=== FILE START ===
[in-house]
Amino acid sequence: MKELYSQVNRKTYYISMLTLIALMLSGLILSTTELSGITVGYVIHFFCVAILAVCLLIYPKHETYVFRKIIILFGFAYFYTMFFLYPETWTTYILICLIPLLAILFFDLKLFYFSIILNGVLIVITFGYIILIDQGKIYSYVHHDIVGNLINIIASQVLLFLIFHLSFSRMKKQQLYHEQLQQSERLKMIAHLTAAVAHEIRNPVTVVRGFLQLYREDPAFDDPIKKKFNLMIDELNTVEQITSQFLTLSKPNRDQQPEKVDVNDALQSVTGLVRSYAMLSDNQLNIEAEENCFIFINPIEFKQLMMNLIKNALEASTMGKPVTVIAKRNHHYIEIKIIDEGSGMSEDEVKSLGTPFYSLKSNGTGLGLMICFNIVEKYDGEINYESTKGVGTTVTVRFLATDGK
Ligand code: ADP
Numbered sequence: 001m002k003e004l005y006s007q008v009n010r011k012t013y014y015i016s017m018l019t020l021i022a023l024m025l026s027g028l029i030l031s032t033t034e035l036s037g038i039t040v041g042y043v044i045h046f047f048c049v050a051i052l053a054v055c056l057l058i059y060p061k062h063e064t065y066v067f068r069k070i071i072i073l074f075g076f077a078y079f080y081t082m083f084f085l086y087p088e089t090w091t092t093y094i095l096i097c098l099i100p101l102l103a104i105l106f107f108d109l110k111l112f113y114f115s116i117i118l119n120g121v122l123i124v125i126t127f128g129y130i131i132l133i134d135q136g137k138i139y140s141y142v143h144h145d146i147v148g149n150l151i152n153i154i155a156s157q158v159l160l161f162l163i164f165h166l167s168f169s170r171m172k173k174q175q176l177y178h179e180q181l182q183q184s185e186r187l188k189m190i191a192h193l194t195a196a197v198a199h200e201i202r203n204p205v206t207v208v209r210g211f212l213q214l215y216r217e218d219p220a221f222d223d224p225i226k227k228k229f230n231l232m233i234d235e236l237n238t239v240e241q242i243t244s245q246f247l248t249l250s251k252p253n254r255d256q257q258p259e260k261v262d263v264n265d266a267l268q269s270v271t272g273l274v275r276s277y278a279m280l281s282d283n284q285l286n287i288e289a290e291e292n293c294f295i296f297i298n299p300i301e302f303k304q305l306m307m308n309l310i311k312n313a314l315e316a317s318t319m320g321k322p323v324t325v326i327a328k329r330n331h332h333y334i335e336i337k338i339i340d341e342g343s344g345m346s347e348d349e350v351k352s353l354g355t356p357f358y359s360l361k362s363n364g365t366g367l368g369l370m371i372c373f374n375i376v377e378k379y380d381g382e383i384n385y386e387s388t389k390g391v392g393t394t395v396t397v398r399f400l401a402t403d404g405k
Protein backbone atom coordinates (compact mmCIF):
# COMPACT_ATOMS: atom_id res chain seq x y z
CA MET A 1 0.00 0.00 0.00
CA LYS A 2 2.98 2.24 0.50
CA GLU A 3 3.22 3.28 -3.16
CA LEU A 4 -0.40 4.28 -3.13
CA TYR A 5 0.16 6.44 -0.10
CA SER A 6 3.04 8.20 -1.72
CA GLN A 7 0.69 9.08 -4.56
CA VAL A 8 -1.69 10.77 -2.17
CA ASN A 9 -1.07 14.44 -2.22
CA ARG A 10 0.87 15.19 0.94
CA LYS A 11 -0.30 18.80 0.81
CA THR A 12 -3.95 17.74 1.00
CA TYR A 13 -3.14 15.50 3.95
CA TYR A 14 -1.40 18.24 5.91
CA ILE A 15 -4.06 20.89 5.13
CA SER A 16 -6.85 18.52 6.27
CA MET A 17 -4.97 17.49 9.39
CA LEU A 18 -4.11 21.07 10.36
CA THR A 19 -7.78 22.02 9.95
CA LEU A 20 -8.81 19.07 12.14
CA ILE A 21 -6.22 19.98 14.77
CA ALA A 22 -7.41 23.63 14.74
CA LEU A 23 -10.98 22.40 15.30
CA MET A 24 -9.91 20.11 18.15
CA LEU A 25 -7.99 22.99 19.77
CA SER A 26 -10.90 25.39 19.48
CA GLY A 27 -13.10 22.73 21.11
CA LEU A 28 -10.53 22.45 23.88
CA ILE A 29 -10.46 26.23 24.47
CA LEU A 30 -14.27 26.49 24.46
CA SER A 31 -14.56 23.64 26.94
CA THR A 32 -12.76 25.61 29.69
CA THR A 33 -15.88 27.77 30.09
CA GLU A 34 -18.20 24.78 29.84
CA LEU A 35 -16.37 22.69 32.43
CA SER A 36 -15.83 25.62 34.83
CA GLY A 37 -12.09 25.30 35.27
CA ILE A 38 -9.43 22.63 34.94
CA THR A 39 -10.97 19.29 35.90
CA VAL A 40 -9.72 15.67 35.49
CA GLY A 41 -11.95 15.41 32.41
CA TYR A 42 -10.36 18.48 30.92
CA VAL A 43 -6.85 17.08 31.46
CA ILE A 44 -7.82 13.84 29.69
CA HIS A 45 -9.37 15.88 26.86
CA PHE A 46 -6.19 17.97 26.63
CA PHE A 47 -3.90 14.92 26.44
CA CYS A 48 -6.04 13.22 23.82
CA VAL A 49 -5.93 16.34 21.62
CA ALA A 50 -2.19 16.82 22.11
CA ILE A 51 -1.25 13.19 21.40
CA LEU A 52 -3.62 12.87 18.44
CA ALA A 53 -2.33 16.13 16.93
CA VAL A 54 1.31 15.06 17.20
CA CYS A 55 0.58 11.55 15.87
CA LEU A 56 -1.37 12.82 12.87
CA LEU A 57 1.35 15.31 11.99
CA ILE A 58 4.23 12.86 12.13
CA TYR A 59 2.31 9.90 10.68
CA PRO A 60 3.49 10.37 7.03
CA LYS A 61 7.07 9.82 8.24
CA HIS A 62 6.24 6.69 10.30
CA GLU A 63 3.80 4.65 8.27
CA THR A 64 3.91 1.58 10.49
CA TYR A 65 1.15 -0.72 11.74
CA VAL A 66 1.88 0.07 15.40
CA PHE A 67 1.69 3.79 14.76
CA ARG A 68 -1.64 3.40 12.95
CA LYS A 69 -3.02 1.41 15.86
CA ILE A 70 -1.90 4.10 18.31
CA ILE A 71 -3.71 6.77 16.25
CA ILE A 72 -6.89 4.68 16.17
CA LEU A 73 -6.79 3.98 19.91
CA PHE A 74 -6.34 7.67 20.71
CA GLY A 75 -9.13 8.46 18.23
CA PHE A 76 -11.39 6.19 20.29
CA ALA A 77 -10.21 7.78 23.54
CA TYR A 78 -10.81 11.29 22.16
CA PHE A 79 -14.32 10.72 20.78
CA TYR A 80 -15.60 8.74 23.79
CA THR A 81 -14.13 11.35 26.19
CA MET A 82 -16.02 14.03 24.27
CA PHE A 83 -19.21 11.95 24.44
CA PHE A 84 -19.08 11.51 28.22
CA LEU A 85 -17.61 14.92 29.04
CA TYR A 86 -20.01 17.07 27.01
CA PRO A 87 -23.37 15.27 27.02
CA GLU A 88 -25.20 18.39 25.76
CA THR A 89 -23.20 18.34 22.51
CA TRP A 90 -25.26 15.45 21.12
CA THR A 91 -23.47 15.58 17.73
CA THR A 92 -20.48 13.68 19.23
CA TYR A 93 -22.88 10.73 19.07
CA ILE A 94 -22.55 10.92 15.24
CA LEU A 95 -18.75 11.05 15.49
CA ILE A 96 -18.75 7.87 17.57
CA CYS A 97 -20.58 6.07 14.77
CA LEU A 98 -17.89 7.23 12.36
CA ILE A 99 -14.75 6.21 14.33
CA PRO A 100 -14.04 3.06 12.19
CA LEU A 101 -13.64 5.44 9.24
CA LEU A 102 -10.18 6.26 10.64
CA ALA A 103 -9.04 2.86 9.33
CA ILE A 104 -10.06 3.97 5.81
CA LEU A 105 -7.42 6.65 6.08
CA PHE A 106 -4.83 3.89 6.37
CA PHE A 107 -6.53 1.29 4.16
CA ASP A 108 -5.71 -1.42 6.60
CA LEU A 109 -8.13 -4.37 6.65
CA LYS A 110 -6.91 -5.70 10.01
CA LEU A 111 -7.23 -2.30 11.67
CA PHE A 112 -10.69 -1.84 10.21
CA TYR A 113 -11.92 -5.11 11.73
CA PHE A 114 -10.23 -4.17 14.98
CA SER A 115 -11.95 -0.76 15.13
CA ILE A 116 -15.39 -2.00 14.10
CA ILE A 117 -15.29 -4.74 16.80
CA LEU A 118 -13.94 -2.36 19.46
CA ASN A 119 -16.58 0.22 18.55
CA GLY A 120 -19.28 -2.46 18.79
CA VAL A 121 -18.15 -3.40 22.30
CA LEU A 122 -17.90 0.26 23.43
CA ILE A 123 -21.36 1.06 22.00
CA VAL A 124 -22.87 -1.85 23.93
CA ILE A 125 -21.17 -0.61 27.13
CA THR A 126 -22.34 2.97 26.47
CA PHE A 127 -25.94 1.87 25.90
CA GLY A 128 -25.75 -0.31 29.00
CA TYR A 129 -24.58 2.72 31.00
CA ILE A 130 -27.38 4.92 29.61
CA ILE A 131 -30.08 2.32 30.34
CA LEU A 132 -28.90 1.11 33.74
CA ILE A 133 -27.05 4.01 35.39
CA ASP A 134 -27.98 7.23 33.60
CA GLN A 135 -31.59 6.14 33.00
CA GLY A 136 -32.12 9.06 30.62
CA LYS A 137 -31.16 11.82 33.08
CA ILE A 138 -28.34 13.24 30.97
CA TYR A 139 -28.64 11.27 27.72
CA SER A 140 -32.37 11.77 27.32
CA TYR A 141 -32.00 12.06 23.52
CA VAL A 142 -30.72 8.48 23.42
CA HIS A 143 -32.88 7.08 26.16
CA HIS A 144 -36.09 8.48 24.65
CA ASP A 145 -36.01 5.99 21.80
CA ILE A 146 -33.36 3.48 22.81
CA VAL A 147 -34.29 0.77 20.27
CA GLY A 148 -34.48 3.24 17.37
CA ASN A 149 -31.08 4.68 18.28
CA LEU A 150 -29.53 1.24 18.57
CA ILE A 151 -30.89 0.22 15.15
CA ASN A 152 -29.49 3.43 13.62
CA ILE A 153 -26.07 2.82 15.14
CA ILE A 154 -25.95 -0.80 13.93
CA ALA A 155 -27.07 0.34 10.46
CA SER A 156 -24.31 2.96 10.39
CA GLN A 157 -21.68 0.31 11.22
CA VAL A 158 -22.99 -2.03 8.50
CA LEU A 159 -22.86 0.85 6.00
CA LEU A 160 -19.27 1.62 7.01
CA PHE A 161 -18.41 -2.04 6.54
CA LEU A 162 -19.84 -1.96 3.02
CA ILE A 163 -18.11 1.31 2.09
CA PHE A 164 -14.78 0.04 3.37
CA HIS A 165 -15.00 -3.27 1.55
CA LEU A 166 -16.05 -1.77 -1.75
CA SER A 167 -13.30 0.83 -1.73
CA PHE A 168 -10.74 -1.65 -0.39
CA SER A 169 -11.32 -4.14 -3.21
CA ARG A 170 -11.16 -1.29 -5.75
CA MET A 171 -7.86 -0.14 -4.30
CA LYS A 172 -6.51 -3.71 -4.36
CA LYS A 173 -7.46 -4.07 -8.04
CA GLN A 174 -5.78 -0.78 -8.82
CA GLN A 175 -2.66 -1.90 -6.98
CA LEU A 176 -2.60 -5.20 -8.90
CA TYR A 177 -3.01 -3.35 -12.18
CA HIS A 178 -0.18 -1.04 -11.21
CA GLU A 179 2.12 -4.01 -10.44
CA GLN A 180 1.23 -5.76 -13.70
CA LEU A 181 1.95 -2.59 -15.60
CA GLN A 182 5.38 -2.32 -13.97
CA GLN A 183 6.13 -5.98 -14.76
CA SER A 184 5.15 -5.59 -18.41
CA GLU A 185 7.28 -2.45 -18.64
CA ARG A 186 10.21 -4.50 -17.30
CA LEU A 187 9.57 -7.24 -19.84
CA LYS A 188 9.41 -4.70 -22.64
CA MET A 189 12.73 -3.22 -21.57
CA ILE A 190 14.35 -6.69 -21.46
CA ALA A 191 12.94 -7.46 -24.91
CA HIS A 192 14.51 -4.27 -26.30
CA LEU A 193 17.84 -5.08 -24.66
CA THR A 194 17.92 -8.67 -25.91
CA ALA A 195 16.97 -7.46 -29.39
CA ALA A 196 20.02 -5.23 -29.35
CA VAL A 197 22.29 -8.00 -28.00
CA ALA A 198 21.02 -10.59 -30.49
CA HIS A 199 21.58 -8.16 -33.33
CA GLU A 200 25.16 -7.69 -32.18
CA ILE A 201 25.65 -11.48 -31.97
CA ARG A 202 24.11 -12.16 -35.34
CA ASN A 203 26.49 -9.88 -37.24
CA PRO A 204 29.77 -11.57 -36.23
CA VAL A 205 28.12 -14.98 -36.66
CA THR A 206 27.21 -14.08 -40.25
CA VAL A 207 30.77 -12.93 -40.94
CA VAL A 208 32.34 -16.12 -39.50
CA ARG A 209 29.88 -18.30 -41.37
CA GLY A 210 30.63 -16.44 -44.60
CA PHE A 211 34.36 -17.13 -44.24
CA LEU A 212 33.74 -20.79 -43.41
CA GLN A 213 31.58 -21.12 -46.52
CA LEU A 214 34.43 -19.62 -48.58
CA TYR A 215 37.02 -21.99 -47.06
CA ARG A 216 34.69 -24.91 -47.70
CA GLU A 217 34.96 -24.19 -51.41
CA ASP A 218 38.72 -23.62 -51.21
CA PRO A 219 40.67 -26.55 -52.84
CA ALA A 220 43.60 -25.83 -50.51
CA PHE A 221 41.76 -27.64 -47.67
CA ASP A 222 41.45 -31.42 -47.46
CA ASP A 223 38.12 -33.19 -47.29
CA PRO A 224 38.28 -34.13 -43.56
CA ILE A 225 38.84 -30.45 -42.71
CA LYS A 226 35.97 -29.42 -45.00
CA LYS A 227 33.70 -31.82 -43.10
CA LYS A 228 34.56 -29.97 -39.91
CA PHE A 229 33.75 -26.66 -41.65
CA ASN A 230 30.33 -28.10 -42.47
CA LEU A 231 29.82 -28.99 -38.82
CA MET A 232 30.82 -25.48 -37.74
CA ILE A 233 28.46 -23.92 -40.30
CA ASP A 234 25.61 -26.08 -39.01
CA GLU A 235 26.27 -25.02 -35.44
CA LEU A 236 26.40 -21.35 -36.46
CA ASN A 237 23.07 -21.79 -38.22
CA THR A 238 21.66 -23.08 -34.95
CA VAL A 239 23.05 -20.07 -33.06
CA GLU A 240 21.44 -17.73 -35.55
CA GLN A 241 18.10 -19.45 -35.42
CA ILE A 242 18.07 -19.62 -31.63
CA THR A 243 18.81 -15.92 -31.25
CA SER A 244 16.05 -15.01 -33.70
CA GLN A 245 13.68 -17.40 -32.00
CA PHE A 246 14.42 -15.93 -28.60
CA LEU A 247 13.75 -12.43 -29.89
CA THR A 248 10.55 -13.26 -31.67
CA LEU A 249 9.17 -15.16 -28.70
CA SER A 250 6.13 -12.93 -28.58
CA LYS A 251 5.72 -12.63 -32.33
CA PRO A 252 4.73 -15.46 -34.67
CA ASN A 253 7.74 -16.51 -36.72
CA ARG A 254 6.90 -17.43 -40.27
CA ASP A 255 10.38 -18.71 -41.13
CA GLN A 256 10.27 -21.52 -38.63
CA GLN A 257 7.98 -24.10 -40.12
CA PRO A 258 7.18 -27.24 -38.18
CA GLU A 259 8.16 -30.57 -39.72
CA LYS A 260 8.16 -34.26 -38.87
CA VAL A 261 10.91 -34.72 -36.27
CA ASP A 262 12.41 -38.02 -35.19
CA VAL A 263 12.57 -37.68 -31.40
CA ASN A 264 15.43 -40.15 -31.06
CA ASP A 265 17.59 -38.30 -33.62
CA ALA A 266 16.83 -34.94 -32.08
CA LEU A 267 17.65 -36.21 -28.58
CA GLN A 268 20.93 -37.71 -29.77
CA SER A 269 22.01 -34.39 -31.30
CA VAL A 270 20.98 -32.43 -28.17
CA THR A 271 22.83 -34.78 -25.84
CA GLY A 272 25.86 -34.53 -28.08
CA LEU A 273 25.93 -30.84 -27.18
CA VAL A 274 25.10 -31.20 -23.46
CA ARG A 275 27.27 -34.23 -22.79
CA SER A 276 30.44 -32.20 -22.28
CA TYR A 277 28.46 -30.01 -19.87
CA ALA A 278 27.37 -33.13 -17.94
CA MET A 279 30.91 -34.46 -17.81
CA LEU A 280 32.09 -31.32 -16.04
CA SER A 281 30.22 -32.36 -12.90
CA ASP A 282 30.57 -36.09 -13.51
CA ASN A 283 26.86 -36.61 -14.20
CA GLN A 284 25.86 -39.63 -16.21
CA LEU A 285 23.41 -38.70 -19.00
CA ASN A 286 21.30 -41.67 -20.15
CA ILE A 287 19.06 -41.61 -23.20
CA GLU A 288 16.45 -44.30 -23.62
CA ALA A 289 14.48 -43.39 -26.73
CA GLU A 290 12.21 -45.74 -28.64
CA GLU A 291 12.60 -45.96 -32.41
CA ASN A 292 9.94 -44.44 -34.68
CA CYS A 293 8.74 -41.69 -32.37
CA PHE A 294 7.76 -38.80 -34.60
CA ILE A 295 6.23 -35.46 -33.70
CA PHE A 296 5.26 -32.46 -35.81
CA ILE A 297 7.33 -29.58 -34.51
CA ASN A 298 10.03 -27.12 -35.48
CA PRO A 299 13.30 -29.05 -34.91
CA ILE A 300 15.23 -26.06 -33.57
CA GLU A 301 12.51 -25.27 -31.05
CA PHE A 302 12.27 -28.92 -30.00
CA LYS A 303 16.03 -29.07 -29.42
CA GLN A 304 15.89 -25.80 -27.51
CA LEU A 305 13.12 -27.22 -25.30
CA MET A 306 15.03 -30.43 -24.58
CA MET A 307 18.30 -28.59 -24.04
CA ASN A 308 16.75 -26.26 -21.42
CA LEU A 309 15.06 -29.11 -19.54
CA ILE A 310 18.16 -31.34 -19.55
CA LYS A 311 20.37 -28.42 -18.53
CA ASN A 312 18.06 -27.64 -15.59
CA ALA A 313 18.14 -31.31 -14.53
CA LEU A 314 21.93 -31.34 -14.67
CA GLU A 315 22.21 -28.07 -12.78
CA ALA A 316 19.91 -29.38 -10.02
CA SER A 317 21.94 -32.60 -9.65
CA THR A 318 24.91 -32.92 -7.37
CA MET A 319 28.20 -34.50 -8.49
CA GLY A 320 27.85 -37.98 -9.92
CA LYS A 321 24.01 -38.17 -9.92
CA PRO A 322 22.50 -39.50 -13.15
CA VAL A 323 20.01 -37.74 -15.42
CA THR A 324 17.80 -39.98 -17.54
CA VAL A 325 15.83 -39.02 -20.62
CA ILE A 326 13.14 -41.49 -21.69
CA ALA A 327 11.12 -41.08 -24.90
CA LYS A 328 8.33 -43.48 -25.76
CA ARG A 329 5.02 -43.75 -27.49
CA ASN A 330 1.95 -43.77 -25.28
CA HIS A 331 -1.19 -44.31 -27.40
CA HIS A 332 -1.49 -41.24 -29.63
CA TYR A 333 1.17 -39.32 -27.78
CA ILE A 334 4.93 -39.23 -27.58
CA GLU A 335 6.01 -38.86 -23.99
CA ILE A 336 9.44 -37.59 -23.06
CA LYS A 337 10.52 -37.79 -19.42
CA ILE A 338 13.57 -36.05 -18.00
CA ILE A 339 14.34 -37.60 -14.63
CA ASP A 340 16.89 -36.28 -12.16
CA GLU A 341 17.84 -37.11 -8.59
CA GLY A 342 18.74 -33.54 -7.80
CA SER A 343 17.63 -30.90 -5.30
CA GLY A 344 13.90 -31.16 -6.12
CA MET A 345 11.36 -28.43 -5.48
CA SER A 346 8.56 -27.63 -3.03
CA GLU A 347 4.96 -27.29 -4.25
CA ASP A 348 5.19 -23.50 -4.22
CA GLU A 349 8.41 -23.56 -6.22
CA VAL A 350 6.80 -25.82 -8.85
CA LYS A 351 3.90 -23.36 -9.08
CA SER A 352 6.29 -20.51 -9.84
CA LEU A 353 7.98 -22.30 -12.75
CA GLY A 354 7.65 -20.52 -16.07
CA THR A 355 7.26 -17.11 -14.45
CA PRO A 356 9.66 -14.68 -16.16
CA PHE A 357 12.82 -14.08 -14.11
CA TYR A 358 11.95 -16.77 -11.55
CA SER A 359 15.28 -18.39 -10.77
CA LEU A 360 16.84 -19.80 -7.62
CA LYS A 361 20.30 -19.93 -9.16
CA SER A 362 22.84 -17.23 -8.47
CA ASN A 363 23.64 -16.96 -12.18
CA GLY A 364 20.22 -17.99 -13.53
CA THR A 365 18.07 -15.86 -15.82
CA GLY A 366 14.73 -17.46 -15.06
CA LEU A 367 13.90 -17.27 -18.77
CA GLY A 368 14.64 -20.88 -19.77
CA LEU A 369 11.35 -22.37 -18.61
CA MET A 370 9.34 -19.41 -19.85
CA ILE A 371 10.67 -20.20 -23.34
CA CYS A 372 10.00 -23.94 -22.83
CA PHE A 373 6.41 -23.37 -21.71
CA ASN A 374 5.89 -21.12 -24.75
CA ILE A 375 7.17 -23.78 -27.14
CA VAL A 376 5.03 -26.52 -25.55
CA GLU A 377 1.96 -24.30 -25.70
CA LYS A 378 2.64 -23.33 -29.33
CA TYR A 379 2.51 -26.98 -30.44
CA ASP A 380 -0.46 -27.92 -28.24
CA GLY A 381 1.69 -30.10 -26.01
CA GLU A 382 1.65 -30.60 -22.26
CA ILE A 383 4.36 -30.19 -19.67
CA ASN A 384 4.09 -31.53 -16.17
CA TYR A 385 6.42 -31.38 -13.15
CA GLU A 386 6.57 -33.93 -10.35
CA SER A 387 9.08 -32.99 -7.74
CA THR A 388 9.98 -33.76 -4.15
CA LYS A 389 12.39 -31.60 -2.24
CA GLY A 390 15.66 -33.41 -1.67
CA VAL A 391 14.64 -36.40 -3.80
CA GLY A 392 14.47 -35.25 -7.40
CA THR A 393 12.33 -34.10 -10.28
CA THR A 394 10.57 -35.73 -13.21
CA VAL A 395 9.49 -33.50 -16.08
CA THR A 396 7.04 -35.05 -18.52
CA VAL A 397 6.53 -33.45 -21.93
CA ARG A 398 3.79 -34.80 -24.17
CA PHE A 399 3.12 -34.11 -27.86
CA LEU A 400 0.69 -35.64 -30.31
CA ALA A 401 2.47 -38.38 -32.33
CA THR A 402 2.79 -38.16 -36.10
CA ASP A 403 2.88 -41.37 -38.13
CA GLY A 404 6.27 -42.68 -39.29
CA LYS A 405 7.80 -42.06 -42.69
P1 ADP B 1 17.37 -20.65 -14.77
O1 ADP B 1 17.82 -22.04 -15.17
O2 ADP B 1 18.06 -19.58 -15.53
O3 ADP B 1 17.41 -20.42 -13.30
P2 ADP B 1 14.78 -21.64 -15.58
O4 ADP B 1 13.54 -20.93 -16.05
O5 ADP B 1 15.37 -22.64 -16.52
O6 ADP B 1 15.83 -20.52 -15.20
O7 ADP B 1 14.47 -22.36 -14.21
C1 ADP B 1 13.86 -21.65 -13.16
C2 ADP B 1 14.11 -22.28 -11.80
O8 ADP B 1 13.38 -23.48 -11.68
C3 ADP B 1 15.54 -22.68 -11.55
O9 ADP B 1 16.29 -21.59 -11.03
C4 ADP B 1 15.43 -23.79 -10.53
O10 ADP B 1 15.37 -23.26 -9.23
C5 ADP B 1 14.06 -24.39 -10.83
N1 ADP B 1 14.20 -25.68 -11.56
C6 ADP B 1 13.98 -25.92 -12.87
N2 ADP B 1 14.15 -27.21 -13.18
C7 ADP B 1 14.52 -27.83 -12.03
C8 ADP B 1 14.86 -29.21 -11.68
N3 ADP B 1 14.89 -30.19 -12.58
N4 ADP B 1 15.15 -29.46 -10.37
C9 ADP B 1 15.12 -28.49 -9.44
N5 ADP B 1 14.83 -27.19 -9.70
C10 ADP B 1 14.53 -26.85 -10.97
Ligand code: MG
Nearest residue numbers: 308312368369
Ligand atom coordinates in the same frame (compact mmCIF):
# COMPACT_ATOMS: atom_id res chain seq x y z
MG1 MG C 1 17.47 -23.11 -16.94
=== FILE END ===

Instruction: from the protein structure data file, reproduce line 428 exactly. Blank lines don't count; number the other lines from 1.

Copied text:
C5 ADP B 1 14.06 -24.39 -10.83